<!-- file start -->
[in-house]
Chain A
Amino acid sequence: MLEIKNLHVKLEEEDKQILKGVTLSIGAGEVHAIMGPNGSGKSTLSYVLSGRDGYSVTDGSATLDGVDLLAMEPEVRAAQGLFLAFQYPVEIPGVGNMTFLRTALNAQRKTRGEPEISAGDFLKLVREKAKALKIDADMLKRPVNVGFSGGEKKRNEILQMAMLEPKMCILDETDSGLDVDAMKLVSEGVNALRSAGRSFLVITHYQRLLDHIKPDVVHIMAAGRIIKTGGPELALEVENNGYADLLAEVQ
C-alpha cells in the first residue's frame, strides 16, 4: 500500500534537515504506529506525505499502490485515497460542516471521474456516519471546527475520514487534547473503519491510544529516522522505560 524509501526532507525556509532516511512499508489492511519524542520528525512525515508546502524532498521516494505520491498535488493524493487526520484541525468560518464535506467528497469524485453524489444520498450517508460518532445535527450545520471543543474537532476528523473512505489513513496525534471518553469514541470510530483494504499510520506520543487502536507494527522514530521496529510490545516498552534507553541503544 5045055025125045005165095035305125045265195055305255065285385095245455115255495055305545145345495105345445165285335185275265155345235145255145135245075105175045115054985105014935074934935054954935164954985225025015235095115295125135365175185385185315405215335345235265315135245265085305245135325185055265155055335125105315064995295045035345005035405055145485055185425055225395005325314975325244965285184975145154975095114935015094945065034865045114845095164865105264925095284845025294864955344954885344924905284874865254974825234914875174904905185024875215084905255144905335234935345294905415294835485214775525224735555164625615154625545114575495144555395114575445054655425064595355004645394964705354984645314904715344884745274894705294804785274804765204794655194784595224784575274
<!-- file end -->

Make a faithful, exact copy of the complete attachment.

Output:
[in-house]
Chain A
Amino acid sequence: MLEIKNLHVKLEEEDKQILKGVTLSIGAGEVHAIMGPNGSGKSTLSYVLSGRDGYSVTDGSATLDGVDLLAMEPEVRAAQGLFLAFQYPVEIPGVGNMTFLRTALNAQRKTRGEPEISAGDFLKLVREKAKALKIDADMLKRPVNVGFSGGEKKRNEILQMAMLEPKMCILDETDSGLDVDAMKLVSEGVNALRSAGRSFLVITHYQRLLDHIKPDVVHIMAAGRIIKTGGPELALEVENNGYADLLAEVQ
C-alpha cells in the first residue's frame, strides 16, 4: 500500500534537515504506529506525505499502490485515497460542516471521474456516519471546527475520514487534547473503519491510544529516522522505560 524509501526532507525556509532516511512499508489492511519524542520528525512525515508546502524532498521516494505520491498535488493524493487526520484541525468560518464535506467528497469524485453524489444520498450517508460518532445535527450545520471543543474537532476528523473512505489513513496525534471518553469514541470510530483494504499510520506520543487502536507494527522514530521496529510490545516498552534507553541503544 5045055025125045005165095035305125045265195055305255065285385095245455115255495055305545145345495105345445165285335185275265155345235145255145135245075105175045115054985105014935074934935054954935164954985225025015235095115295125135365175185385185315405215335345235265315135245265085305245135325185055265155055335125105315064995295045035345005035405055145485055185425055225395005325314975325244965285184975145154975095114935015094945065034865045114845095164865105264925095284845025294864955344954885344924905284874865254974825234914875174904905185024875215084905255144905335234935345294905415294835485214775525224735555164625615154625545114575495144555395114575445054655425064595355004645394964705354984645314904715344884745274894705294804785274804765204794655194784595224784575274